Dos Santos Kleptocracy is Out of Control: Everything for the Daughter
Has Angola’s President José Eduardo dos Santos lost his bearings? Recent events suggest he is in the process of arranging a dynastic succession.
His first-born daughter, Isabel dos Santos, has accumulated three major public projects:
first, the Urban Redevelopment Master Plan for the capital city, Luanda; second, the Restructuring of the National Oil Company Sonangol (the largest state-owned company); and, finall, the Commission for the Restructuring of the Oil Sector.
Isabel dos Santos is estimated to have become a billionaire (many would say thanks to her father) and has more than thirty companies to manage. Why does the president need to hand over these major public undertakings to her? Could it be that she has extraordinary managerial and leadership abilities? Or not?
Maka Angola has already outlined Isabel dos Santos’s likely intentions with the Master Plan for Luanda. As things stand, Isabel will have ultimate control over an astonishing US $15 billion of funds for the envisaged projects. If past experience is a guide, there will be a lack of clarity over actual ownership: what belongs to the President, his daughter, the State or (as the Constitution would have it) the Angolan people.
It appears that whatever Isabel wants, Isabel gets, courtesy of the President. Is Isabel’s primary concern the efficiency of Sonangol? Or is she interested in the money that this company generates? A source familiar with her work on Sonangol told Maka Angola: “the fundamental question regarding the restructuring of Sonangol is the placing of its revenues under the control of the Ministry of Petroleum.” “At the Ministry of Petroleum, a body will be created to manage the funds.”
Staff at Sonangol suspect that the work of consultants from the Portuguese legal firm Vieira de Almeida and Associates, and the US-based Boston Consulting Group, to restructure Sonangol may be a mere smokescreen to allow yet further diversion of funds. And who would be the main beneficiary? Is it possible that the first daughter or her father the President might derive any personal benefit?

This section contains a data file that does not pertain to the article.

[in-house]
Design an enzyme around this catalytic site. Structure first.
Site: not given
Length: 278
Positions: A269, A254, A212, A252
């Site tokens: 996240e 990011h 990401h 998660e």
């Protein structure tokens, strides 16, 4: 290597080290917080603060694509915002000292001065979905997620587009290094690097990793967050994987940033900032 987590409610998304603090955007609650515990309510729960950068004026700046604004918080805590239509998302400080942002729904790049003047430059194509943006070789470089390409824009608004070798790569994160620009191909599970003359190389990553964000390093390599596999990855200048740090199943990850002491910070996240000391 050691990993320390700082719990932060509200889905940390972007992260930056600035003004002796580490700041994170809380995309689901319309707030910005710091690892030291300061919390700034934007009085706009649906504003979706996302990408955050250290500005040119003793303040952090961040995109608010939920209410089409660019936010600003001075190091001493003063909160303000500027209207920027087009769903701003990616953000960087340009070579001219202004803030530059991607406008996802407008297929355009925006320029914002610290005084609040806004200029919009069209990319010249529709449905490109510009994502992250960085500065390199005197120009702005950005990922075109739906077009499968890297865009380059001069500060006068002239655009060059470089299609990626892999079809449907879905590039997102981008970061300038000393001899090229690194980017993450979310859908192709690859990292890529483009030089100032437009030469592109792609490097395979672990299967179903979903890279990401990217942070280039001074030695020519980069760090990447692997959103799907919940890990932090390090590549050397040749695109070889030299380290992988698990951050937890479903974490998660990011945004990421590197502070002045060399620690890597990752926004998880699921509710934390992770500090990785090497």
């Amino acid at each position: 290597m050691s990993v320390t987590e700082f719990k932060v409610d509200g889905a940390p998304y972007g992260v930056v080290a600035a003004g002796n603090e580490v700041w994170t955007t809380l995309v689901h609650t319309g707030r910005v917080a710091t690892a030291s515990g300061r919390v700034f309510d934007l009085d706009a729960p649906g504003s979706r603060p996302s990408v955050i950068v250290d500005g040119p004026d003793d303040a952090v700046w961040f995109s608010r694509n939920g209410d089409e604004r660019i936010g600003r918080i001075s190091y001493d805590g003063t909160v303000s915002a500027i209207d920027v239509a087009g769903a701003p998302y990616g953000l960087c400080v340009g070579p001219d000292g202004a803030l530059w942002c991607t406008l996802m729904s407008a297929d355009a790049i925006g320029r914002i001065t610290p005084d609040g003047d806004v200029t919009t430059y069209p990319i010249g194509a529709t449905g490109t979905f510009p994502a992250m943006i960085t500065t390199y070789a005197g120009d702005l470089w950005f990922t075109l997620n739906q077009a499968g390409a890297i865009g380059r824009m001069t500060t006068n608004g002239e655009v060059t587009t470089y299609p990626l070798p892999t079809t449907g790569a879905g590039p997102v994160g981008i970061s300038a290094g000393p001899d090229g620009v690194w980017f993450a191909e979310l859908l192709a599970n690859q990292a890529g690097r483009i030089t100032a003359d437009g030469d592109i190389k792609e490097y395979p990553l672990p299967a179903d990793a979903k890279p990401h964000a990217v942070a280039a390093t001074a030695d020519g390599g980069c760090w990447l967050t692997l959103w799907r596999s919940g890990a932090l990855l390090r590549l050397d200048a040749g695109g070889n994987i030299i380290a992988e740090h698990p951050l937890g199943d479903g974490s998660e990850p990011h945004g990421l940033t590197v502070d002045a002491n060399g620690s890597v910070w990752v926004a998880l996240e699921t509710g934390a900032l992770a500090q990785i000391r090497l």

For some observers, the final objective in all this is simple and clear: the revenues coming into Sonangol, whether from the sale of oil or from the concessions of oil blocks, will no longer be managed by the same company. Normally, 90% of this revenue goes into the General State Budget. The revenue from Sonangol is key to the Angolan state.
Without Sonangol’s contribution to the state budget, the company is stripped of its political relevance. Critics of the present government say they suspect that Isabel is using this manoeuvre to gain further control over the affairs of the state.
There is no argument but that President Jose Eduardo dos Santos is the dominant figure in the governing MPLA party. With direct control over the primary source of State revenue, i.e. Sonangol, the MPLA has little choice but to continue legitimizing his grip on power, however arbitrary that may be.
Sonangol’s other directors Joaquim David (1989-1999) and Manuel Vicente (1999-2000) used to report directly to the President, and only to him. Direct control over Angola’s oil revenues seems to be the ultimate goal.
“Whatever shape the oil fund management body will take at the Ministry of Petroleum, the aim appears to be for Isabel to have a 40 % say in the management of the funds,” said one source. Hence they are considering creating a new company to manage these funds.
Could this be the final straw for the MPLA’s ongoing support for what seems to have evolved into a machine promoting corruption and abuse of power? Sources within the ruling party suggest that there are limits. There are reports that some members of the regime have already advised the president to remove his daughter from the procedures because it is improper and does not fit well with the proposed model.
Cynics might say that Isabel dos Santos is going to have come up with a less disturbing scheme to loot the state.
It is often argued that a restructuring is motivated by a need for greater efficiency. It is, therefore, worth looking back at the last restructuring of Sonangol in 2008.
At the time, the then CEO, Manuel Vicente, reorganized the main subsidiaries of the National Oil Company. He transferred one percent of Sonangol Holdings, which was owned 100% by Sonangol, EP (Public Company) to himself. Sonangol Holdings Limited was set up to manage subsidiaries of the Sonangol Group, and was initially fully owned by the state company.
In 2010, Maka Angola carried out an investigation and revealed the whole scheme. Sonangol reacted by releasing a press statement which stated that “Engineer Manuel Vicente has been named, to benefit the state, as a shareholder, because no company can by law have only one shareholder.” In 2012, Manuel Vicente was promoted to the position of Vice-President of the Republic, in effect a token figure.
While the day-to-day operation is in the hands of Isabel dos Santos, her half-brother José Filomeno dos Santos (known as “Zenú”) chairs the Angolan Sovereign Wealth Fund, giving him power over the rich revenues from Angola’s 100,000 barrels a day production.
International analysts have long described this arrangement as part of a “kleptocracy” in which the primary beneficiaries are the President and his close family. The question now for the MPLA is this: amidst all the looting and pillaging, what will be left for them to share? After 40 years in power, giving unquestioned support to their President, they are now asking themselves whether any crumbs will be left over for their own sons and daughters.